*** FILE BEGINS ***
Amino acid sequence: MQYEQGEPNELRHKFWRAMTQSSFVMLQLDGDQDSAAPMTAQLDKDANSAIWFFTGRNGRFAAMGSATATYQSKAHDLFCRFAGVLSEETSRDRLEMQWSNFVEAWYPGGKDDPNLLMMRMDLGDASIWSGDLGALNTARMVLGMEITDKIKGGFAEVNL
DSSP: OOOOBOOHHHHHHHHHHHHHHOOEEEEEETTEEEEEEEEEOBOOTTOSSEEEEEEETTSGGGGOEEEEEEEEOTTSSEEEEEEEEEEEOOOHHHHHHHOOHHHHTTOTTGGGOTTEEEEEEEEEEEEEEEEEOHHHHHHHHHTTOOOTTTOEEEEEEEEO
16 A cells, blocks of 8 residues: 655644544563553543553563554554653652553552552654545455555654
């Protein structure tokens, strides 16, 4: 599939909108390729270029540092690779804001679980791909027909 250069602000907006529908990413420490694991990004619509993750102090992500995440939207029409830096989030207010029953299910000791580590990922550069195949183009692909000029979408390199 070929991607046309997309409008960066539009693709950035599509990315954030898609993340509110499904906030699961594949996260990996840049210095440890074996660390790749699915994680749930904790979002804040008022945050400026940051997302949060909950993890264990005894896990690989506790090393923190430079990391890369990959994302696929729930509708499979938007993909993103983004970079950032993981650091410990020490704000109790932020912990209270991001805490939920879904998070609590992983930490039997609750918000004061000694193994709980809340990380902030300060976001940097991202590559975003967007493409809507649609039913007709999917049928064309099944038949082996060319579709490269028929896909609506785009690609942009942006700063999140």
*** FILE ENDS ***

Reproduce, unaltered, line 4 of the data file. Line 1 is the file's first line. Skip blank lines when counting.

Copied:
């Protein structure tokens, strides 16, 4: 599939909108390729270029540092690779804001679980791909027909 250069602000907006529908990413420490694991990004619509993750102090992500995440939207029409830096989030207010029953299910000791580590990922550069195949183009692909000029979408390199 070929991607046309997309409008960066539009693709950035599509990315954030898609993340509110499904906030699961594949996260990996840049210095440890074996660390790749699915994680749930904790979002804040008022945050400026940051997302949060909950993890264990005894896990690989506790090393923190430079990391890369990959994302696929729930509708499979938007993909993103983004970079950032993981650091410990020490704000109790932020912990209270991001805490939920879904998070609590992983930490039997609750918000004061000694193994709980809340990380902030300060976001940097991202590559975003967007493409809507649609039913007709999917049928064309099944038949082996060319579709490269028929896909609506785009690609942009942006700063999140």